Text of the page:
A rare excursion into the criminal law, with a recent decision that touches on property, and the seizing thereof by the Crown when people have been naughty.
The Proceeds of Crime Act 1991 (and now its replacement) has been around for a while now, and most people heartily approve of the idea that the drug dealer should not be retaining the flash cars bought with unexplained cash.
However, one of the limitations of the Act was an all or nothing approach to seizing assets, that might see property taken valued far in excess of what the criminal gain might have been and in fairly blunt disregard of other people involved. Where a person has been growing cannabis but, for example, the parents or ex-partners had an interest in the property as part owners; they have seen the lot dissapear to the Crown. Some of these rural blocks can be worth many millions in a single title.
The Criminal Proceeds (Recovery) Act 2009 and the Sentencing Act 2002 might have been taken by most to continue that all-or-nothing approach but for a recent decision of the Court of Appeal in Elliot v The Queen  NZCA 386. As background, the High Court had earlier declined to issue a forfeiture order in respect of the part of an offender’s property on which he cultivated cannabis, and the entirety was forfeited. The whole of the property was worth about $485,000, but the proceeds of crime has been held to be only approx $90,000.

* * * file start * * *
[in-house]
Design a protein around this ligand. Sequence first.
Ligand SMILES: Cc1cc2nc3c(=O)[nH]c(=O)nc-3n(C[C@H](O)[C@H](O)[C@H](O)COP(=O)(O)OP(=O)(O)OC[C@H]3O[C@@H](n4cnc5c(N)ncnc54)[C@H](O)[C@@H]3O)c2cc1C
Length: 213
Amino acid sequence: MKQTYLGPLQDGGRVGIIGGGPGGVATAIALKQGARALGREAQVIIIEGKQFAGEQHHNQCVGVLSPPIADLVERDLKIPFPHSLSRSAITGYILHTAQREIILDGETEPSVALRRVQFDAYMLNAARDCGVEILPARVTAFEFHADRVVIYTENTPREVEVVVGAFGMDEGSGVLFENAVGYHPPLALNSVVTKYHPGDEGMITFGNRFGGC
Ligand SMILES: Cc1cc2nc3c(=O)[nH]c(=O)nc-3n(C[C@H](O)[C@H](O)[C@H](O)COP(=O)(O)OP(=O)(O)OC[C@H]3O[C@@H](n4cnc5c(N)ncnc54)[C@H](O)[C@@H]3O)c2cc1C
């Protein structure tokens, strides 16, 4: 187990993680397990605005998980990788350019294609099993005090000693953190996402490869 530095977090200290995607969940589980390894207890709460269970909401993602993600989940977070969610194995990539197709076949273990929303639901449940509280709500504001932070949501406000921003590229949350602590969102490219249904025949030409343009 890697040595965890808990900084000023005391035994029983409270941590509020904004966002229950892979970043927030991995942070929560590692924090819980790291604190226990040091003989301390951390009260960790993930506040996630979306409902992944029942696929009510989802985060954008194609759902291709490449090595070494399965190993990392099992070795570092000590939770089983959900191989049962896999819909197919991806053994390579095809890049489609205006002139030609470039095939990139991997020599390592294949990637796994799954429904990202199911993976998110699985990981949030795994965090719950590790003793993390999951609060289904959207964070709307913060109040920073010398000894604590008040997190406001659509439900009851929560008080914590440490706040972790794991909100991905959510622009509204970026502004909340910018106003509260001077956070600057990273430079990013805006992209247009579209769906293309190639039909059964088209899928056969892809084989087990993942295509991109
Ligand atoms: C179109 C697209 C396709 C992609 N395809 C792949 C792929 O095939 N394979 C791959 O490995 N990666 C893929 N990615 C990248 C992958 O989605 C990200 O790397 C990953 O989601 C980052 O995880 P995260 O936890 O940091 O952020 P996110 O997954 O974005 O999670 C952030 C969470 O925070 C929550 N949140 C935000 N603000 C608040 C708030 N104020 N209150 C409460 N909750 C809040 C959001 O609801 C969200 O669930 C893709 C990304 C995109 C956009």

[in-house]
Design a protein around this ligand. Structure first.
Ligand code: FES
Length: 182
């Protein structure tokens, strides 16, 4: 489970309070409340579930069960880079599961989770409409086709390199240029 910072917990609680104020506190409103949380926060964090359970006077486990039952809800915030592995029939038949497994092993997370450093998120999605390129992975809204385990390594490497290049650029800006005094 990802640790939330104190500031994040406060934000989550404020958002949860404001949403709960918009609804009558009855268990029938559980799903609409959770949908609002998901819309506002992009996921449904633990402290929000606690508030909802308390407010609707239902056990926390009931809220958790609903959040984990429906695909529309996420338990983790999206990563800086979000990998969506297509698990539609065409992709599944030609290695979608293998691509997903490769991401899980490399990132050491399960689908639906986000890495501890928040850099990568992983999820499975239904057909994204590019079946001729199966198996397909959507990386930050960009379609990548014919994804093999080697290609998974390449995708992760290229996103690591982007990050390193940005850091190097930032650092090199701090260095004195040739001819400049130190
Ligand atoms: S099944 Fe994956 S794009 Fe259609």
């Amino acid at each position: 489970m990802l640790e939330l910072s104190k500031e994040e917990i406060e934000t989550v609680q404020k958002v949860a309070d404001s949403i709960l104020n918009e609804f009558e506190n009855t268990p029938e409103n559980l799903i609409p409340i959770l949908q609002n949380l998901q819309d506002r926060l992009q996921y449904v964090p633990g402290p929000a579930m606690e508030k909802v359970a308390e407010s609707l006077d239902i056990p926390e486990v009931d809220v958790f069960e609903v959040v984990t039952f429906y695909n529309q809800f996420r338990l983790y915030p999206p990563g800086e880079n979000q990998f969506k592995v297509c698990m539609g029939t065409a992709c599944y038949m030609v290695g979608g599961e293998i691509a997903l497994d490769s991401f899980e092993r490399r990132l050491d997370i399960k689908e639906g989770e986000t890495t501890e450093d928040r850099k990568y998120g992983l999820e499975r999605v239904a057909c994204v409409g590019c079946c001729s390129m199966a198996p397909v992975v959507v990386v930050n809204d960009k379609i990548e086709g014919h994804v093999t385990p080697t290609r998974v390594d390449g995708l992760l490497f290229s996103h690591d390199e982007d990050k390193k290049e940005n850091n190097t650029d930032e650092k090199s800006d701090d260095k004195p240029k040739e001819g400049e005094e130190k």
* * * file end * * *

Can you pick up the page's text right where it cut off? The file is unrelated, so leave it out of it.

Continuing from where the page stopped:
The offender appealed, and the Court of Appeal held taking only part was permissible, knocking the decision back down to the High Court to reconsider just how much was enough.
It is an interesting judgment, hanging on a single phrase change in a single clause…adding the words “or any part of it” in relation to confiscating instruments of crime, and holding that “instrument of crime” is wide enough to mean land or a piece of land notwithstanding that the piece might be part of a large single land title.
The decision points the way to a remedy for some cases seen as unjust. And, if nothing else, the decision should create more employment for property lawyers doing the resulting subdivisions.